"It was my first time to bring goods worth more than $1 000 so I was caught completely by surprise. The passenger is ignorant of this new restriction because it is a restriction imposed on the airline. The issue with Zimra is not that I refused to pay duty or VAT, but the issue is the airline (name withheld) should pay a fine for carrying commercial baggage on a passenger plane. The airline flatly refuses to pay a fine, saying it is not the international practice. I offered to pay the fine myself, but Zimra refused, insisting the fine should be paid by the airline," said the passenger.
He also noted that he has since been advised by Zimra that if the dispute is not resolved after three months, his goods worth more than $12 000 will be auctioned.
However, Zimra director legal and corporate services Mrs Florence Jambwa said last week the authority doesnâ€™t fine airlines for carrying commercial cargo but penalises them for not manifesting the commercial cargo that they carry on behalf of the passenger in advance of arrival in Zimbabwe.
Failure to comply, she said, "may lead to pilots being prosecuted as they would be breaching the Zimbabwe Customs and Excise law".
Zimra also indicated that the submission of cargo manifest and transmitting in advance is international practice, noting that the World Customs Organisation (WCO)â€™s SAFE Framework of Standards in the 6th Standard of the Customs to Customs Pillar provides that the Customs Administration should require advance electronic information on cargo for purposes of risk assessment.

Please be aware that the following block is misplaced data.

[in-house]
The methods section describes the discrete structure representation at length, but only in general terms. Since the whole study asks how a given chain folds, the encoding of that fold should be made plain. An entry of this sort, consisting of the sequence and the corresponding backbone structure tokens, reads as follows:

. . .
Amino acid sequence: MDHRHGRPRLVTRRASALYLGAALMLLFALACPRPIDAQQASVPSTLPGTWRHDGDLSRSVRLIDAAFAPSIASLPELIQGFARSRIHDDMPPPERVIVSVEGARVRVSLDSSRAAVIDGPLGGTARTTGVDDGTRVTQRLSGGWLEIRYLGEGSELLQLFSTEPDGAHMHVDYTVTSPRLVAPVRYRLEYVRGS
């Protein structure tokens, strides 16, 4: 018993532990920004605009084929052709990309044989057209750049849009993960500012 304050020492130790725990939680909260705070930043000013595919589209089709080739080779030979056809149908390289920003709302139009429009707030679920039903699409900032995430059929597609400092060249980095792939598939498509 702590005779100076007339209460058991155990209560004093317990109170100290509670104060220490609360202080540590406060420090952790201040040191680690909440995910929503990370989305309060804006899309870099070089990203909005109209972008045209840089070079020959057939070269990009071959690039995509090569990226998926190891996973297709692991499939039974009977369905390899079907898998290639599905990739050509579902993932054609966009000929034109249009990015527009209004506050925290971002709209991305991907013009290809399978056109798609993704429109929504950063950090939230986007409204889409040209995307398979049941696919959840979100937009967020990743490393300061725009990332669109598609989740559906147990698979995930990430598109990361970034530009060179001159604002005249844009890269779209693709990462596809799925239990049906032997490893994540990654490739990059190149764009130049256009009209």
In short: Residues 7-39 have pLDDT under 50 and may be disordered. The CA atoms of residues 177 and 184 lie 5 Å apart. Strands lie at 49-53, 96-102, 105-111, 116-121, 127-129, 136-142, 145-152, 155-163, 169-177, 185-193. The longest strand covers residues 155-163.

Zimbabwe is a member of the WCO and is a signatory to various conventions and instruments of the WCO, including the SAFE Framework.
It is also claimed by the authorities that the legal requirement for submission of advance manifests in Zimbabwe was effective from January 1 2012.
Correspondence between some of the airlines and Zimra seen by this paper shows that the carriers insist that the nature and content a passenger can or may carry on a passenger aircraft is not determined by the airline as long as there are not restricted items such as dangerous, harmful or prohibited goods or weighed baggage over the limit of 32 kilogrammes.
However, a passenger might also carry more baggage weight over and above the free allowance but within the restricted weight per pieces of 32 kilogrammes at a surcharge which is termed excess baggage.
In addition, they also maintain that they have no control or knowledge of what the passenger is carrying at the point of checking in from different airports worldwide from where they would have originated from, besides verifying that they are not carrying restricted items as required by IATA (International Air Transport Association) and ICAO (International Civil Aviation Organisation).
It is feared that the dispute between the local authorities and the foreign operators will taint the reputation of Zimbabwe as a destination, especially at a time when the country is aggressively trying to rebrand and lure more visitors and investors. The countryâ€™s manufacturing sector is presently subdued, a development that has made the destination a high import market. Authorities have, however, been trying to avoid an influx of goods from foreign market that could further hurt the countryâ€™s productive sectors.